Cleveland, OH,
08:30 AM

Immunizations Without Leaving the Car: MetroHealth Offering Drive-Up Vaccinations for Kids and Adults

Cleveland – MetroHealth is offering a new service to its patients to make it easier for families to keep up to date on childhood immunizations, recommended vaccines for adults and the annual flu vaccine for everyone.

Beginning Monday, September 21, MetroHealth’s drive-up vaccine service will be offered from 9 a.m. to 4 p.m. weekdays at the MetroHealth Middleburg Heights November Family Health Center. With an appointment, adults and children ages 10 and older will be able to get immunizations without having to leave their vehicle.

This is the region’s first hospital-based drive-up vaccine service.

“More than ever, everyone in our community who can be immunized, should be,” said MetroHealth President and CEO Akram Boutros, MD “There are barriers that prevent some people from receiving this life-saving and community-saving care. At MetroHealth, we are serving patients where they are in the most convenient and safe way. In this case, we are delivering immunizations without patients having to leave the car.”

The American Academy of Pediatrics recommends that families keep appointments with their pediatricians during the COVID-19 (coronavirus) outbreak. Staying current on meningitis and tetanus vaccinations and booster shots is especially important for adolescents.

Individuals of all ages should remain on schedule with their immunizations so they can stay protected against serious diseases and viruses, especially during the COVID-19 pandemic, said MetroHealth pediatrician Susan A. Carlin, MD.

“If families are reluctant to come in for their regular appointments, they can view this as another safe option for them,” Dr. Carlin said of the drive-up service. “Immunizations are so important that I view this as a valuable strategy for families.”

Older adults and those with health conditions that make them more susceptible to pneumonia are advised to get their annual vaccination. Pneumonia is a potential complication that can develop in people with COVID-19.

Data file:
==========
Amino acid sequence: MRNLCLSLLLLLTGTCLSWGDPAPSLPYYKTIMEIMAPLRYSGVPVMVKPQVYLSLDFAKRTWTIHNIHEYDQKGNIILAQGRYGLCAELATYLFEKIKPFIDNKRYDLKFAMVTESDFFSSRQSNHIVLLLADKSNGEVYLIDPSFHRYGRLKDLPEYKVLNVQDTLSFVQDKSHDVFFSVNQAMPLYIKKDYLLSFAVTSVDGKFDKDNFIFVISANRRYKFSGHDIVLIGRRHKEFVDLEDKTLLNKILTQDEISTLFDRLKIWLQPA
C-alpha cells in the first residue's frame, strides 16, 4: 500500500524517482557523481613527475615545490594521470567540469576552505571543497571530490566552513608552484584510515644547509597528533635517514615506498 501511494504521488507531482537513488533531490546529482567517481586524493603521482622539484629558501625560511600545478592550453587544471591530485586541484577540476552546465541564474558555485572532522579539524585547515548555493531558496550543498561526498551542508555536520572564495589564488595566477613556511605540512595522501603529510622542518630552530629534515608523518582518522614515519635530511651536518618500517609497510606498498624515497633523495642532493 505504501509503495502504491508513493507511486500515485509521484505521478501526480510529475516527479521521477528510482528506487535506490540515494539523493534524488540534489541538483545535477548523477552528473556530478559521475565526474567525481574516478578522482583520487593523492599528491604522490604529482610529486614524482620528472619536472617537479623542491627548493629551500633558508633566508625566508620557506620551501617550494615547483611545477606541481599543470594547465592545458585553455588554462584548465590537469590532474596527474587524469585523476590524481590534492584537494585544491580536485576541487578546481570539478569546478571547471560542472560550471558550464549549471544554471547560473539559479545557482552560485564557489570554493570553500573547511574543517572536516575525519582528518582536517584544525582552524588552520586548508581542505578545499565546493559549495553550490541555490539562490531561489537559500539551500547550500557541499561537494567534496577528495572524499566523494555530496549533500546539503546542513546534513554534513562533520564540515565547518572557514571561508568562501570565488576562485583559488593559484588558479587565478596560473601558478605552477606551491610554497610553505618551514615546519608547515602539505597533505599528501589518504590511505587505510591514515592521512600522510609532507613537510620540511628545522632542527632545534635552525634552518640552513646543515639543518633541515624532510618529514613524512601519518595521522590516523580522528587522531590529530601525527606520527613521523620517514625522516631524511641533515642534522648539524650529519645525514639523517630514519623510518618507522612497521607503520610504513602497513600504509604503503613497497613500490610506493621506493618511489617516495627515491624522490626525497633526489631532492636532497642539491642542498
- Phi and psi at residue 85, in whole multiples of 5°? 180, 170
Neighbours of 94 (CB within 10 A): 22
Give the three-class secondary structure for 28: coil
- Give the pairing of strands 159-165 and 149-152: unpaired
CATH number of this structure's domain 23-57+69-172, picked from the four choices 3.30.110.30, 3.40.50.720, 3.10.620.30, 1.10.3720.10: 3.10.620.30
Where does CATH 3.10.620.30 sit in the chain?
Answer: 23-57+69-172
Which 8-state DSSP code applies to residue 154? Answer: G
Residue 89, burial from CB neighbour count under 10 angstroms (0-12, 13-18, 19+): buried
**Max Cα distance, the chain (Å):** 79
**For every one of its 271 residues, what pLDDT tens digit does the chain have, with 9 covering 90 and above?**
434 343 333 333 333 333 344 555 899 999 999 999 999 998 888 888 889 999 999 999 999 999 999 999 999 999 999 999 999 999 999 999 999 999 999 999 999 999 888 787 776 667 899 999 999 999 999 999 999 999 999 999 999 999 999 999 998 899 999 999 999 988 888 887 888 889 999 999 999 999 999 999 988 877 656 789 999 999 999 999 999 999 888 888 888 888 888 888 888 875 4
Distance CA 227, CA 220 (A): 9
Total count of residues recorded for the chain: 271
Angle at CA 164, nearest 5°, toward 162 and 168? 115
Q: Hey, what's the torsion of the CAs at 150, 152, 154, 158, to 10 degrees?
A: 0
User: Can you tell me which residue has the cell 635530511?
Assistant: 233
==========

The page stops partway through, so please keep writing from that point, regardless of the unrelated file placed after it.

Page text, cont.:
Even with the availability of the new service, it’s still important for individuals, especially children, to see their doctor, she said. “Vaccinations are not a substitute for preventive visits and the complete physical exam and the opportunity to talk about other medical concerns.”

Health experts advise that people get their flu shot early, in September and October, before the number of cases begins to increase.

Regardless of whether or not someone is a MetroHealth patient, flu shots, immunizations and other services are available to walk-ins, without an appointment, at all 10 of MetroHealth’s pharmacies, including Main Campus, Old Brooklyn, Broadway, Buckeye, Parma, Cleveland Heights, Bedford, Middleburg Heights and Brecksville. A full list can be found here:

Nearly 500,000 people were hospitalized with serious flu symptoms and more than 34,000 people died from the flu during the 2018-2019 season, according to estimates from the Centers for Disease Control and Prevention.

Available childhood and adult vaccines include flu, tetanus, HPV, meningitis, pneumonia and shingles.

For additional information about the drive-thru vaccine service, go to

About The MetroHealth System

The MetroHealth System, Cuyahoga County’s public health system, is honoring its commitment to create a healthier community by building a new hospital on its main campus in Cleveland. The building and the 25 acres of green space around it are catalyzing the revitalization of MetroHealth’s West Side neighborhood.

MetroHealth broke ground on its new hospital in 2019. The project is being financed with nearly $1 billion the system borrowed on its own credit after dramatically improving its finances. In the past five years, MetroHealth’s operating revenue has increased by 40% and its number of employees by 21%. Today, its staff of 8,000 provides care at MetroHealth’s four hospitals, four emergency departments and more than 20 health centers and 40 additional sites throughout Cuyahoga County. In the past year, MetroHealth has served 300,000 patients at more than 1.4 million visits in its hospitals and health centers, 75% of whom are uninsured or covered by Medicare or Medicaid.

The health system is home to Cuyahoga County’s most experienced Level I Adult Trauma Center, verified since 1992, and Ohio’s only adult and pediatric trauma and burn center.

As an academic medical center, MetroHealth is committed to teaching and research. Each active staff physician holds a faculty appointment at Case Western Reserve University School of Medicine. Its main campus hospital houses a Cleveland Metropolitan School District high school of science and health.

For more information, visit